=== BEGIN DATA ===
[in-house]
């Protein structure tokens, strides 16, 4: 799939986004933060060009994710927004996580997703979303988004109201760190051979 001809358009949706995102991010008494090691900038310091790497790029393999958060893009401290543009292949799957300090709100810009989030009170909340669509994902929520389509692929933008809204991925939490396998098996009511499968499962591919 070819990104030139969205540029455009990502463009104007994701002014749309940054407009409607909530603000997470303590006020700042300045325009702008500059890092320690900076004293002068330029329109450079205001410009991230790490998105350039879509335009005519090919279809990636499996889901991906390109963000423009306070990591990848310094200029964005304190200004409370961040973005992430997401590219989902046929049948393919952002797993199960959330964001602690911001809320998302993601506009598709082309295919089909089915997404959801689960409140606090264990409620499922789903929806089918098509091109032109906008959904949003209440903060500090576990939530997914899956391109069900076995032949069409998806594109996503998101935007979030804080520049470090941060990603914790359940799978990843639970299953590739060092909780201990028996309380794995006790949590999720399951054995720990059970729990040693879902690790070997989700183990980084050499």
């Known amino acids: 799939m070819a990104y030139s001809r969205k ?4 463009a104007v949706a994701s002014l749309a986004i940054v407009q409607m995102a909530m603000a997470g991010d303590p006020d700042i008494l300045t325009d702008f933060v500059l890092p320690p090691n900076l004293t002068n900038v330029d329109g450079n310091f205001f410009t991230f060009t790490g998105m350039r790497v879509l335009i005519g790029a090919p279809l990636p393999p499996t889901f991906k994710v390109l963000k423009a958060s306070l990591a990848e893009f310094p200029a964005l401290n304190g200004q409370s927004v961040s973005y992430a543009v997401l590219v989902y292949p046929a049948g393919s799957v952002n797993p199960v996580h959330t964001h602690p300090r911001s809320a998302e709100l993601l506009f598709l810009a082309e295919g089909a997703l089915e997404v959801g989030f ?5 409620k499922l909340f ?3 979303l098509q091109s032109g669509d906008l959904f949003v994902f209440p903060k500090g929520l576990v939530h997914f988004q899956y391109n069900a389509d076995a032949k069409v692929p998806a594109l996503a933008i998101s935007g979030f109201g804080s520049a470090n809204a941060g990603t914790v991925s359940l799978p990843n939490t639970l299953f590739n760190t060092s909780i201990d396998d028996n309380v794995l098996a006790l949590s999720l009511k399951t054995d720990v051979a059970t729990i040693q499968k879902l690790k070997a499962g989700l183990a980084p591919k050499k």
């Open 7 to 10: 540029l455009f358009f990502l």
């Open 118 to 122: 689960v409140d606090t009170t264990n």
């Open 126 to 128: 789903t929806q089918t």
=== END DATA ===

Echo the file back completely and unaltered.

[in-house]
């Protein structure tokens, strides 16, 4: 799939986004933060060009994710927004996580997703979303988004109201760190051979 001809358009949706995102991010008494090691900038310091790497790029393999958060893009401290543009292949799957300090709100810009989030009170909340669509994902929520389509692929933008809204991925939490396998098996009511499968499962591919 070819990104030139969205540029455009990502463009104007994701002014749309940054407009409607909530603000997470303590006020700042300045325009702008500059890092320690900076004293002068330029329109450079205001410009991230790490998105350039879509335009005519090919279809990636499996889901991906390109963000423009306070990591990848310094200029964005304190200004409370961040973005992430997401590219989902046929049948393919952002797993199960959330964001602690911001809320998302993601506009598709082309295919089909089915997404959801689960409140606090264990409620499922789903929806089918098509091109032109906008959904949003209440903060500090576990939530997914899956391109069900076995032949069409998806594109996503998101935007979030804080520049470090941060990603914790359940799978990843639970299953590739060092909780201990028996309380794995006790949590999720399951054995720990059970729990040693879902690790070997989700183990980084050499």
């Known amino acids: 799939m070819a990104y030139s001809r969205k ?4 463009a104007v949706a994701s002014l749309a986004i940054v407009q409607m995102a909530m603000a997470g991010d303590p006020d700042i008494l300045t325009d702008f933060v500059l890092p320690p090691n900076l004293t002068n900038v330029d329109g450079n310091f205001f410009t991230f060009t790490g998105m350039r790497v879509l335009i005519g790029a090919p279809l990636p393999p499996t889901f991906k994710v390109l963000k423009a958060s306070l990591a990848e893009f310094p200029a964005l401290n304190g200004q409370s927004v961040s973005y992430a543009v997401l590219v989902y292949p046929a049948g393919s799957v952002n797993p199960v996580h959330t964001h602690p300090r911001s809320a998302e709100l993601l506009f598709l810009a082309e295919g089909a997703l089915e997404v959801g989030f ?5 409620k499922l909340f ?3 979303l098509q091109s032109g669509d906008l959904f949003v994902f209440p903060k500090g929520l576990v939530h997914f988004q899956y391109n069900a389509d076995a032949k069409v692929p998806a594109l996503a933008i998101s935007g979030f109201g804080s520049a470090n809204a941060g990603t914790v991925s359940l799978p990843n939490t639970l299953f590739n760190t060092s909780i201990d396998d028996n309380v794995l098996a006790l949590s999720l009511k399951t054995d720990v051979a059970t729990i040693q499968k879902l690790k070997a499962g989700l183990a980084p591919k050499k």
């Open 7 to 10: 540029l455009f358009f990502l």
């Open 118 to 122: 689960v409140d606090t009170t264990n």
């Open 126 to 128: 789903t929806q089918t």